Benjamin Netanyahu, the prime minister of Israel, is a notoriously dubious figure. Currently under investigation for corruption, he is a man fighting for his political life. Given these facts, it would be perfectly reasonable to view with scepticism his theatrics on Monday in Tel Aviv, where he unveiled a dossier of more than 100,000 documents, secured by Israel's intelligence agency Mossad and allegedly detailing Iran's secret nuclear programme. The spectacle evoked his 2012 UN speech, when he brandished a cartoonish diagram of a bomb. But to let Mr Netanyahu's character eclipse the contents of his big reveal would be to miss the forest for the trees. Both Israel and Iran have appalling records when it comes to honouring the dignity of those over whom they have authority; both have a history of underhand tactics; and both harbour imperial fantasies while routinely violating the sovereignty, security and rights of others.
The conduct of one, however, doesn't nullify the potential risk posed by the other. Iran's nuclear programme is an existential threat to this region. Although documents put on display yesterday in Tel Aviv pre-date the 2015 nuclear deal, they contain the claim that Tehran continued to pursue a nuclear weapons programme long after it promised to desist in 2003. In the run-up to the nuclear deal three years ago, Tehran insisted that its nuclear infrastructure existed for purely domestic purposes. The acceptance of this claim by the International Atomic Energy Agency became a condition of the nuclear deal.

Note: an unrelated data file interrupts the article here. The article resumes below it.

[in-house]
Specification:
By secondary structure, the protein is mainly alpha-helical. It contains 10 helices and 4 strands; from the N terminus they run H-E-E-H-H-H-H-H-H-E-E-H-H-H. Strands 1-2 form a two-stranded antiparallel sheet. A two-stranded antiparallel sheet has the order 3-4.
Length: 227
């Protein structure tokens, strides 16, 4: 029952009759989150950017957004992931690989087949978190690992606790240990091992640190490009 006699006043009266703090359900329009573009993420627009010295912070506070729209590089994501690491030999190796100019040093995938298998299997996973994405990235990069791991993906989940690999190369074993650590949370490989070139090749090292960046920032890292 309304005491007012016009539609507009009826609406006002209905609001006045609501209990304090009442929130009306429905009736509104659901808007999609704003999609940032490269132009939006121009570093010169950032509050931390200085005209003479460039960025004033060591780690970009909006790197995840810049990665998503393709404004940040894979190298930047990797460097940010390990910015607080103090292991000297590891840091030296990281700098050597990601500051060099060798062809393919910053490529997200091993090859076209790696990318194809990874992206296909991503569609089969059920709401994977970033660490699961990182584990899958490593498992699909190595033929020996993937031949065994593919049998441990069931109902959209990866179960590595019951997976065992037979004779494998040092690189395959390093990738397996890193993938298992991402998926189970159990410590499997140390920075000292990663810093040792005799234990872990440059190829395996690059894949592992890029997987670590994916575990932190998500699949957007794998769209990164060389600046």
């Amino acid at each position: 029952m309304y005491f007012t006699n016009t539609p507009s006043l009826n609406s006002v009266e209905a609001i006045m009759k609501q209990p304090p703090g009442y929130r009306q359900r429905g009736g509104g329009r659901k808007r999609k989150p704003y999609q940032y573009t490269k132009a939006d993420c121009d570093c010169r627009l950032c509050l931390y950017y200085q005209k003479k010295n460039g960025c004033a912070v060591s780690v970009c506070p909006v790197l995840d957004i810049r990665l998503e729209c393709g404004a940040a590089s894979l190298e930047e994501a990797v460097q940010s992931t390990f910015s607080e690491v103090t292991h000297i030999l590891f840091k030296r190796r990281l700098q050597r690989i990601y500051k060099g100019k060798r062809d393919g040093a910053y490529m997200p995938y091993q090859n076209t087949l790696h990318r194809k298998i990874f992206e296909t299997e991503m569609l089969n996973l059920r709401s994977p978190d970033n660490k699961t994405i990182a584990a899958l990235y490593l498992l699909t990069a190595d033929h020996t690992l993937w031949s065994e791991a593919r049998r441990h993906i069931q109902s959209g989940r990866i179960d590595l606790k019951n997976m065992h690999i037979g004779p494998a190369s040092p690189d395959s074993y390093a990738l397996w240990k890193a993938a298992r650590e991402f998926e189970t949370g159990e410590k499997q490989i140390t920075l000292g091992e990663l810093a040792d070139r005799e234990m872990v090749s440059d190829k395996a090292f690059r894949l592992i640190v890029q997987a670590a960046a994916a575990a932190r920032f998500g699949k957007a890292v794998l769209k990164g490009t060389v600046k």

There is much that remains unclear about the Iranian regime's true intentions in stockpiling enriched uranium. For the White House though, there is no confusion: Iran had a robust, clandestine nuclear weapons programme that it tried and failed to hide from the world. For a US president who was already teetering on the brink of pulling out of the deal, in the face of EU pleas to preserve it, this could be the ultimate spur to push Donald Trump to insist on a more stringent deal, if he agrees to one at all. With a decision pending less than a fortnight away and coming on the heels of new Secretary of State Mike Pompeo's visit to Israel, the timing of Mr Netanyahu's televised spectacle was no coincidence and appears to have fulfilled its purpose. The Iranian Foreign Ministry's response – to brand Mr Netanyahu a "bankrupt and scandalous liar" – is most likely to fall on deaf ears.
What is imperative is that any deal that is certified on May 12 must include the most stringent conditions, checks and balances to ensure Tehran never has the capability of building a nuclear weapon. The 2015 deal did not go far enough in curbing its powers and the sunset clause left no room for long-term accountability. Regular inspections and full transparency are imperative for the deal to survive. That is a tall order for a regime for whom opaqueness and underhand tactics are the default mechanisms by which it operates, but nothing less than that will suffice.